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Ayurveda and the Four Lifestyle Choices

By Rita Shylesh Nair (Student - SDCOA)

Ayurveda translates as the Science of Life. As a codified system of medicine, Ayurveda considers a human being as a whole being encompassing all aspects of mind, body and spirit functioning as one in coherence. It recognizes that a human being is a finite container of consciousness established with boundaries of their ego, mind, intellect, emotions and sensory filters. Any experience of life come through these filters and layers creating an impact on the individual’s emotional, physiological, mental and spiritual aspects.

Ayurveda as a social and spiritual system provides a set of rules for right and natural living. It promotes the idea
that one should live a life of balance, wholeness and truth for the betterment of not only oneself, but also one’s
family, society and the world. It also stipulates that one should live from the heart, live a life of truth and
principles of right living without causing harm to oneself or others.

The 4 types of Ayurs as described provide us with a methodical way on how to live life and provides insights on what causes an imbalance or for life to go out of balance thereby causing suffering and misery. It also enables us to evaluate and assess whether the individual is living a life in concordance with the principles of right living and determine root causes of suffering and unhappiness. One’s actions, thoughts and words (karma) all have a direct bearing on one’s state of suffering or health. Karmic factors extend and span across time and space boundaries as perceived by us. It also takes into account ancestral and familial factors towards health.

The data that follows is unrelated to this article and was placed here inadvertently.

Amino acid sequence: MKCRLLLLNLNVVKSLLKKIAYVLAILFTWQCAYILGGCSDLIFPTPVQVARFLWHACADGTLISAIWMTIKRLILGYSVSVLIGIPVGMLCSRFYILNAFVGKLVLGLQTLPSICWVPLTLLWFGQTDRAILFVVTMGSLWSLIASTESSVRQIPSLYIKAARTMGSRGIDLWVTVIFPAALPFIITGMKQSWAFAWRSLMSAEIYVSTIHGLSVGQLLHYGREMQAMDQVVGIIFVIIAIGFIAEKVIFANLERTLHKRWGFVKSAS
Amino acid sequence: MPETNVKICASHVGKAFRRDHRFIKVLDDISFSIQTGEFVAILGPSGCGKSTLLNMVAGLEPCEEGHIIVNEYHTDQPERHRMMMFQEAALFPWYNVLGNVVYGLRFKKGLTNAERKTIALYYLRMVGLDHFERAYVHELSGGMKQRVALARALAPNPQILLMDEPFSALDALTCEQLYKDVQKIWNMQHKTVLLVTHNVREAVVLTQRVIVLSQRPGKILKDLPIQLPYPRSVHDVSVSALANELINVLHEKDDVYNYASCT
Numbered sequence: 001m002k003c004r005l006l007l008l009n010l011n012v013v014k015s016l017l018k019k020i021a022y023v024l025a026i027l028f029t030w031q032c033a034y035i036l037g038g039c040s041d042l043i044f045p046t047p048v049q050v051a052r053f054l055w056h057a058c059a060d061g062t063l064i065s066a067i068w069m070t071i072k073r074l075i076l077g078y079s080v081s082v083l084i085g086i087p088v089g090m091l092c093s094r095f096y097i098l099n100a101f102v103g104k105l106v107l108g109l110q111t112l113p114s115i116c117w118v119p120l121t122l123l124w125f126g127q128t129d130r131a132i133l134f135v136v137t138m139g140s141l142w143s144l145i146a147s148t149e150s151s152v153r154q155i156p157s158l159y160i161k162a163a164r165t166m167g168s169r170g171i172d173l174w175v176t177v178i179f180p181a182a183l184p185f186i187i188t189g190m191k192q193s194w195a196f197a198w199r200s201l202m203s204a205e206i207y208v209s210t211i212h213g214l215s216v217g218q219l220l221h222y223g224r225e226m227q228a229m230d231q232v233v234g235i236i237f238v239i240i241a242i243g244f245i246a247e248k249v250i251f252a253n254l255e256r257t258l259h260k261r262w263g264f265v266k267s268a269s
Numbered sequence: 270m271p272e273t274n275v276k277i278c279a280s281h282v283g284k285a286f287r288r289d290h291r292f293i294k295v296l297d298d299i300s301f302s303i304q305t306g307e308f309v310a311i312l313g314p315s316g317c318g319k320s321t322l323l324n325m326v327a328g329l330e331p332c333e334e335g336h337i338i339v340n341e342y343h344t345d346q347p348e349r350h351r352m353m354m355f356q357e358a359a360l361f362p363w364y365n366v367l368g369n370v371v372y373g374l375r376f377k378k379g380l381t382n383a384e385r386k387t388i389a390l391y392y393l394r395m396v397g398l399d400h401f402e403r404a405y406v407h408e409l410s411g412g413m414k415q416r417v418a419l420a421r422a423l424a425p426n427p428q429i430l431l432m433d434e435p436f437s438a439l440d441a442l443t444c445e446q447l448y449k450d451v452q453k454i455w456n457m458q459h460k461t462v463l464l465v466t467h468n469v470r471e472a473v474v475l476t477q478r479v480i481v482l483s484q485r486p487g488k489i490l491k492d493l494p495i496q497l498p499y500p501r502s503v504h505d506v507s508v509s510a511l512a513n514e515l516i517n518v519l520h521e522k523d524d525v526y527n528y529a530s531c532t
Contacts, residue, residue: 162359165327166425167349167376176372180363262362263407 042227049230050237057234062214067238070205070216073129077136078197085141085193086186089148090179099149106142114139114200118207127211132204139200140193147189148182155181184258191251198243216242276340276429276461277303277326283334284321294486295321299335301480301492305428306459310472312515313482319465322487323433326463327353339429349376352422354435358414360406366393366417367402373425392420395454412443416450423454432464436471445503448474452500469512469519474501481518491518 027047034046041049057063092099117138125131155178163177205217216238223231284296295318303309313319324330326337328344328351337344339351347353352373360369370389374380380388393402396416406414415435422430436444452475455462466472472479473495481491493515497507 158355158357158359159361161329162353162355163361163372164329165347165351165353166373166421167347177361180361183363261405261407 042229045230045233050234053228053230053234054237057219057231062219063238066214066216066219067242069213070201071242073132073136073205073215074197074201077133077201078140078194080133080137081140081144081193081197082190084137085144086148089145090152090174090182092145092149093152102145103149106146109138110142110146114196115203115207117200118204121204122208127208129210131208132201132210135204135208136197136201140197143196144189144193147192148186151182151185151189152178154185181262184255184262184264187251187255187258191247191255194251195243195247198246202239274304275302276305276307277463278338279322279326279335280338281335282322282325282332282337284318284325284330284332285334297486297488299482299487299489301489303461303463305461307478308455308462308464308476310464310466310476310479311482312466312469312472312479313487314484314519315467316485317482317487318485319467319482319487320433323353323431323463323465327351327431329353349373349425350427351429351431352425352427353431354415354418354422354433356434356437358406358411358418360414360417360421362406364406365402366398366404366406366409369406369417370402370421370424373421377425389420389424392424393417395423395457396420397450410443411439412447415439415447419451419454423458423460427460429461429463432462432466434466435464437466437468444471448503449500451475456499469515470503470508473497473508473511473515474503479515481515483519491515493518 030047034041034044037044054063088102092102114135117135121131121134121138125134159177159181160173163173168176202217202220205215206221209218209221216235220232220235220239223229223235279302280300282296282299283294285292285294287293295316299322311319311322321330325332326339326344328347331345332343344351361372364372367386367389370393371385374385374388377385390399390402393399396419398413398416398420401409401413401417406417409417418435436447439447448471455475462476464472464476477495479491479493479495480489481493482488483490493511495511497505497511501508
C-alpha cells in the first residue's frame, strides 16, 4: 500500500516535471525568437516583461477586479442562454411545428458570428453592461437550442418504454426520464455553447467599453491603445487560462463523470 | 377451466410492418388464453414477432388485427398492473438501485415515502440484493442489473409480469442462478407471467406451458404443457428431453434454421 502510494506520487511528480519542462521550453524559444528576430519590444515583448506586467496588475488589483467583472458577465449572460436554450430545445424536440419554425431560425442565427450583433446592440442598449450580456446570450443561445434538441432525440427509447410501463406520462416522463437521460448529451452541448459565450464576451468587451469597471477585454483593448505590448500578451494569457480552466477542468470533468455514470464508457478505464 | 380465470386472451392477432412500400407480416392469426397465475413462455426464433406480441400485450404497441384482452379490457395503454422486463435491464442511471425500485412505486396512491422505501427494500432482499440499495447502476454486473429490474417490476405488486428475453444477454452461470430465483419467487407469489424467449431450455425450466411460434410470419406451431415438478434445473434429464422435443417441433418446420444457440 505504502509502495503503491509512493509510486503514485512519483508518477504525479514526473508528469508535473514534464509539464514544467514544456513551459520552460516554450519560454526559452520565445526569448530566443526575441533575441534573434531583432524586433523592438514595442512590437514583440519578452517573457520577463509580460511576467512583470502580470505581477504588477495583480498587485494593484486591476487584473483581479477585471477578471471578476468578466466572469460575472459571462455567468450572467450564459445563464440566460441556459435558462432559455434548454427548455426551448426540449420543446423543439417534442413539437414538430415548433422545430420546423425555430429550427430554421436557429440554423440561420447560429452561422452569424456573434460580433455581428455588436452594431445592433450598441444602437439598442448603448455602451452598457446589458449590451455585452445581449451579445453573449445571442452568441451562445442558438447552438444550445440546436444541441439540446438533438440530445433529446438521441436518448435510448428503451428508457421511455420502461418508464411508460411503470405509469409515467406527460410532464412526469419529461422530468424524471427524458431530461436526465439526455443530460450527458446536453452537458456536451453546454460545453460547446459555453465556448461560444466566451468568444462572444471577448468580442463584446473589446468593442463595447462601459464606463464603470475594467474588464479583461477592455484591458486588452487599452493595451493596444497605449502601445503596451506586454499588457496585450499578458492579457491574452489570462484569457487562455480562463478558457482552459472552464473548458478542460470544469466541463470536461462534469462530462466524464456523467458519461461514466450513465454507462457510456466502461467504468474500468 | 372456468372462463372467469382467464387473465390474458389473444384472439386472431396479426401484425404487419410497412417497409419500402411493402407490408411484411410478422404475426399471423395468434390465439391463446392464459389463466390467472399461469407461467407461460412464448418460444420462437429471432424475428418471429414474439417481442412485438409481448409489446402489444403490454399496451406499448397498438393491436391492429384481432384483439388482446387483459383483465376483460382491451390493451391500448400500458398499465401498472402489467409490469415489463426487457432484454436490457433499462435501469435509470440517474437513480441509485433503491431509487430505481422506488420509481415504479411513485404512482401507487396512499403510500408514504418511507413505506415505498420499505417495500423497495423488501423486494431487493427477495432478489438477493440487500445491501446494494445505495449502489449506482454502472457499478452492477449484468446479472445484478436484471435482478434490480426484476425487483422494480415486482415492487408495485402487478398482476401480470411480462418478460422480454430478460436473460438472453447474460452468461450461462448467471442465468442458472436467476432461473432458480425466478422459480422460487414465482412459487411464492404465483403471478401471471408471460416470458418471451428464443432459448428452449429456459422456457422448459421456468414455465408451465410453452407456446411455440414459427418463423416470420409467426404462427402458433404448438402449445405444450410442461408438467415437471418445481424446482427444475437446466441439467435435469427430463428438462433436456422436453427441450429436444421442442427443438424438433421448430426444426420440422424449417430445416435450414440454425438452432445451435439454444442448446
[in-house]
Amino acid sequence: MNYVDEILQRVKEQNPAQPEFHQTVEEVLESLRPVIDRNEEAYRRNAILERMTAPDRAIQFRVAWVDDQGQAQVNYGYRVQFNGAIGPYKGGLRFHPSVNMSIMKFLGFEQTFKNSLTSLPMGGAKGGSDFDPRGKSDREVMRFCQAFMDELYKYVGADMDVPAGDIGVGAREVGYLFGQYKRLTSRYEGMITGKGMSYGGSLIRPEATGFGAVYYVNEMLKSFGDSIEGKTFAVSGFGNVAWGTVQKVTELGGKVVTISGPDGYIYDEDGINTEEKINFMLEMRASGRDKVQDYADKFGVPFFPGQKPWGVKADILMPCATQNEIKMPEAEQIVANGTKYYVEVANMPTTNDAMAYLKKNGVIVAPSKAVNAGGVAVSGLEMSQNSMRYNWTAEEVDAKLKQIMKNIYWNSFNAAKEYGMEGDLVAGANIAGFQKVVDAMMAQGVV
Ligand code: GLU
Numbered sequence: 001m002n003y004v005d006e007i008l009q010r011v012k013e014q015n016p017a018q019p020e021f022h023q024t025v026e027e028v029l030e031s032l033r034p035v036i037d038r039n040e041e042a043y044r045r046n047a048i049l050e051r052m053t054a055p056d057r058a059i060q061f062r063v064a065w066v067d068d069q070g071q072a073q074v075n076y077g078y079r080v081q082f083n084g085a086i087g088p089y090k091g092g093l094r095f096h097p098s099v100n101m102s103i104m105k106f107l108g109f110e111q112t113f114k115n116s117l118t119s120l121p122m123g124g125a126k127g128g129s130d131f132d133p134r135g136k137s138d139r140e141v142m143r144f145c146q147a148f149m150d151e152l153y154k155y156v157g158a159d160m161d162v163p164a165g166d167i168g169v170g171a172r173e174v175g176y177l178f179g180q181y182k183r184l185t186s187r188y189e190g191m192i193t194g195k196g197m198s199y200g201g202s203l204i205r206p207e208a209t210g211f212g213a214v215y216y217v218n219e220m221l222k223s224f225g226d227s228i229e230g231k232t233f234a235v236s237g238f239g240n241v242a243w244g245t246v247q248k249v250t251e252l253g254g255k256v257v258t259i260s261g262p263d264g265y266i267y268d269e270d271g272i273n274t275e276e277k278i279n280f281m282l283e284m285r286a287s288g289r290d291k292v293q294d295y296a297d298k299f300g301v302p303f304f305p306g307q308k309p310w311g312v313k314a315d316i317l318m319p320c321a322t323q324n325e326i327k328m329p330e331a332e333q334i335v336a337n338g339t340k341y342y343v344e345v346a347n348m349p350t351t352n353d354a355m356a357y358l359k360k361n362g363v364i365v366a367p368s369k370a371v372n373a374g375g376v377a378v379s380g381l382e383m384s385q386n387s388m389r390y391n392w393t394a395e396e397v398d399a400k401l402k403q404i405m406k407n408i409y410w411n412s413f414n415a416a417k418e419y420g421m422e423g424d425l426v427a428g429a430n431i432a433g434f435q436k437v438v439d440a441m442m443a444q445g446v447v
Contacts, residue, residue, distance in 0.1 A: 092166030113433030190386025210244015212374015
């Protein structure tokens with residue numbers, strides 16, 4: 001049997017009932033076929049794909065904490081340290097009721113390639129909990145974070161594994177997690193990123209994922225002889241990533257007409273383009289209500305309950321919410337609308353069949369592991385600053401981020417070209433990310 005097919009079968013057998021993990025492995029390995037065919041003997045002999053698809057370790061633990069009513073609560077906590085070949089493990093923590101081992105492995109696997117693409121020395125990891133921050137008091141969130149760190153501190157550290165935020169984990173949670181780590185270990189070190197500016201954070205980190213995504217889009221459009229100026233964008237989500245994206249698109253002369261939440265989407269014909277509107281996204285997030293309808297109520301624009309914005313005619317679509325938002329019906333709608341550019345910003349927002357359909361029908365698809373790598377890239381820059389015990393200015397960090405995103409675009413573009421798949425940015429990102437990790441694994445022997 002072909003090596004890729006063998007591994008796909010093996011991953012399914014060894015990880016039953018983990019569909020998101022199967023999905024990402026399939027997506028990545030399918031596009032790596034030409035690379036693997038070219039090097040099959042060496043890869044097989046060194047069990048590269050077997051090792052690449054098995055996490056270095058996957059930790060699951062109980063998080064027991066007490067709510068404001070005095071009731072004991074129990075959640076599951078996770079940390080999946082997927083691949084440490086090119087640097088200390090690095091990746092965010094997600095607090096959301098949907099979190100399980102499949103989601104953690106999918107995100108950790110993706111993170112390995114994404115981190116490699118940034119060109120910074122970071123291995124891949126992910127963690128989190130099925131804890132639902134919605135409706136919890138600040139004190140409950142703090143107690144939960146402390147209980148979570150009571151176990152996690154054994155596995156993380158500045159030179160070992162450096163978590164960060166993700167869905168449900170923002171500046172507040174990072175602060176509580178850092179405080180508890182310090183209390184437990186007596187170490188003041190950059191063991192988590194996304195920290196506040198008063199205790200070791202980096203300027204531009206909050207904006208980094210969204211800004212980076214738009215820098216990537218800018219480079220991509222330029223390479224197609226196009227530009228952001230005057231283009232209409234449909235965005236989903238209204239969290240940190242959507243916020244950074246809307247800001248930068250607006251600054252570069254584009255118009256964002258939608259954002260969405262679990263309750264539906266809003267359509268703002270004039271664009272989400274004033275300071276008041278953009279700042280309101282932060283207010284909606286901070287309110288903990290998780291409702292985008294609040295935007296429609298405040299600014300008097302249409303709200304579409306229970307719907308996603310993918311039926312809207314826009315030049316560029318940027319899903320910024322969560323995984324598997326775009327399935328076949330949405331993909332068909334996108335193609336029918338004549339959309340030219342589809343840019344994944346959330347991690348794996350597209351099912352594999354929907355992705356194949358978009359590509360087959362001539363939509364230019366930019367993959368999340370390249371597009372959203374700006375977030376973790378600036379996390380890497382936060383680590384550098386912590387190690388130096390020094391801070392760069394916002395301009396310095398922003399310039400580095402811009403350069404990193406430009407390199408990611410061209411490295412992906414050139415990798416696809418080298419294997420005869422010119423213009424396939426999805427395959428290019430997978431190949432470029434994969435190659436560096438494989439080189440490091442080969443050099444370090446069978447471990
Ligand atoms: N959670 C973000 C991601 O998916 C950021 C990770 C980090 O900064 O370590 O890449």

When one lives a life of comfort, free from physical and mental ailments and lives in concordance with nature and its principles, one is said to live a Sukh- ayu. When one lives a live contradictory to nature and its principles, one is bound to experience mental, emotional and physical suffering. This includes poor lifestyle factors, stressors, poor diet etc. This is said to be a life of Dukh-ayu.

When one lives his life in accordance with Dharmic principles of life, a life of truth, right effort, right balance, for the benefit of himself, his family and society, one is said to live a life of Hit-Ayu.

When one lives life in a state of lack of awareness or mindfulness in contradiction of truth and engages in negative thinking, attitudes and mental states that adversely impact one’s life, and others and society, one is said to live a life of Ahit-Ayu.

This system also recognizes that our actions if unconscious and without mindfulness also has a direct impact on those around us and our environment. If we do not perceive the cyclical nature of life and the phases of life that follows nature’s cycles, and live accordingly, then we are bound to experience its effects adversely upon our
physiological, mental and emotional being.
Our excessive demand for fuel has depleted earth’s resources
thereby destroying earth’s natural riches without replenishment.

The impacts of climate change are self-evident.

Many countries see increases in temperature and pollution. This has created a toxic environment and spawned
respiratory illnesses that impact millions. We continue to reach for western drugs which also create its own set
of effects. We are no longer connected to the earth by growing our own food and most food supplied in the world unfortunately has been tainted by toxic chemicals or Gentically Modified Food.

Chemicals introduced in farming practices destroy soil and has created a new slew of GI related illnesses. Our reliance on conveniently packaged and processed food has increased a hundred fold which in turn has created a whole set of diseases as well.

Our fast-paced stress filled lifestyles no longer permit us to have downtime to engage in spiritual practices or rituals
that allow one to connect back to our sense of Higher Self. This intrinsic sense of lack of connection to
ourselves and others create a sense of alienation and we live increasingly separate lives. While we live in a more
technologically advanced society, we also live lives of increased stress and stress related illnesses and
depression and other psychological issues.

The examples of disease and imbalance abound in society and
present day culture. All of these can be traced back to how the principles of life and living as laid out in ancient
Ayurvedic texts have been overlooked and ignored.

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